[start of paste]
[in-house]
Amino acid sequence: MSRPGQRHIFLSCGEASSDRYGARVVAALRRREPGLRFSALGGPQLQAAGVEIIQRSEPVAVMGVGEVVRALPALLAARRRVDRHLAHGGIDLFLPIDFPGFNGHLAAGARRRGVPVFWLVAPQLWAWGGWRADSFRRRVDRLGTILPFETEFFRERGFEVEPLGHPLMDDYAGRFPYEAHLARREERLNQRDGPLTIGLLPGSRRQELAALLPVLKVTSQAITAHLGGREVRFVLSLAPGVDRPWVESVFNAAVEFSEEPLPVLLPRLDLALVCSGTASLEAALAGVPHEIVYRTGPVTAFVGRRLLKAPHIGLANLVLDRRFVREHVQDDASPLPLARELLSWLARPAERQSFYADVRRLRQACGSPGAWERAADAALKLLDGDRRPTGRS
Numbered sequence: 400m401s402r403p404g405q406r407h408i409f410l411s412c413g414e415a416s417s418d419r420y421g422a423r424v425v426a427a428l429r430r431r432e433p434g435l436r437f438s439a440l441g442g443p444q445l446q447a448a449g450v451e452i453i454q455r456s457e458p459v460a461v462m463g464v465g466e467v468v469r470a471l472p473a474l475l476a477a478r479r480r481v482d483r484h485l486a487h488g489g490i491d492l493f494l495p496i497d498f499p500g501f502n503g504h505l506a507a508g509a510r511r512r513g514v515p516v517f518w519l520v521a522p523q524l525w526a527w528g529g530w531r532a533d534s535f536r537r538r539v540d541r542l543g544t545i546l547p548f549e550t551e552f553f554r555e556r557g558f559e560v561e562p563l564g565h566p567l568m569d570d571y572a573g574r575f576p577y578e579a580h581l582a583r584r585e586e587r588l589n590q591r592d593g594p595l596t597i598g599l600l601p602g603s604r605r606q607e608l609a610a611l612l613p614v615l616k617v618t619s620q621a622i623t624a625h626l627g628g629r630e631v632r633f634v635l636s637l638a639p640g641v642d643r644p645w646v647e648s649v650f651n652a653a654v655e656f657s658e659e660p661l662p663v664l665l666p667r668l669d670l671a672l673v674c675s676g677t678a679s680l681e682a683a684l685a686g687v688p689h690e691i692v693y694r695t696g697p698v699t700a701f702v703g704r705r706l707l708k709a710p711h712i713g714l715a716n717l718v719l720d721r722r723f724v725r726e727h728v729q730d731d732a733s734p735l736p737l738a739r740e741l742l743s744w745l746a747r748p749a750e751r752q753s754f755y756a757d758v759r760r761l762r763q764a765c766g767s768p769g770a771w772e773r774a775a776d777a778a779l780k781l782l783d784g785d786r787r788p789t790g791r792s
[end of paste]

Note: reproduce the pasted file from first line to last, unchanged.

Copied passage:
[in-house]
Amino acid sequence: MSRPGQRHIFLSCGEASSDRYGARVVAALRRREPGLRFSALGGPQLQAAGVEIIQRSEPVAVMGVGEVVRALPALLAARRRVDRHLAHGGIDLFLPIDFPGFNGHLAAGARRRGVPVFWLVAPQLWAWGGWRADSFRRRVDRLGTILPFETEFFRERGFEVEPLGHPLMDDYAGRFPYEAHLARREERLNQRDGPLTIGLLPGSRRQELAALLPVLKVTSQAITAHLGGREVRFVLSLAPGVDRPWVESVFNAAVEFSEEPLPVLLPRLDLALVCSGTASLEAALAGVPHEIVYRTGPVTAFVGRRLLKAPHIGLANLVLDRRFVREHVQDDASPLPLARELLSWLARPAERQSFYADVRRLRQACGSPGAWERAADAALKLLDGDRRPTGRS
Numbered sequence: 400m401s402r403p404g405q406r407h408i409f410l411s412c413g414e415a416s417s418d419r420y421g422a423r424v425v426a427a428l429r430r431r432e433p434g435l436r437f438s439a440l441g442g443p444q445l446q447a448a449g450v451e452i453i454q455r456s457e458p459v460a461v462m463g464v465g466e467v468v469r470a471l472p473a474l475l476a477a478r479r480r481v482d483r484h485l486a487h488g489g490i491d492l493f494l495p496i497d498f499p500g501f502n503g504h505l506a507a508g509a510r511r512r513g514v515p516v517f518w519l520v521a522p523q524l525w526a527w528g529g530w531r532a533d534s535f536r537r538r539v540d541r542l543g544t545i546l547p548f549e550t551e552f553f554r555e556r557g558f559e560v561e562p563l564g565h566p567l568m569d570d571y572a573g574r575f576p577y578e579a580h581l582a583r584r585e586e587r588l589n590q591r592d593g594p595l596t597i598g599l600l601p602g603s604r605r606q607e608l609a610a611l612l613p614v615l616k617v618t619s620q621a622i623t624a625h626l627g628g629r630e631v632r633f634v635l636s637l638a639p640g641v642d643r644p645w646v647e648s649v650f651n652a653a654v655e656f657s658e659e660p661l662p663v664l665l666p667r668l669d670l671a672l673v674c675s676g677t678a679s680l681e682a683a684l685a686g687v688p689h690e691i692v693y694r695t696g697p698v699t700a701f702v703g704r705r706l707l708k709a710p711h712i713g714l715a716n717l718v719l720d721r722r723f724v725r726e727h728v729q730d731d732a733s734p735l736p737l738a739r740e741l742l743s744w745l746a747r748p749a750e751r752q753s754f755y756a757d758v759r760r761l762r763q764a765c766g767s768p769g770a771w772e773r774a775a776d777a778a779l780k781l782l783d784g785d786r787r788p789t790g791r792s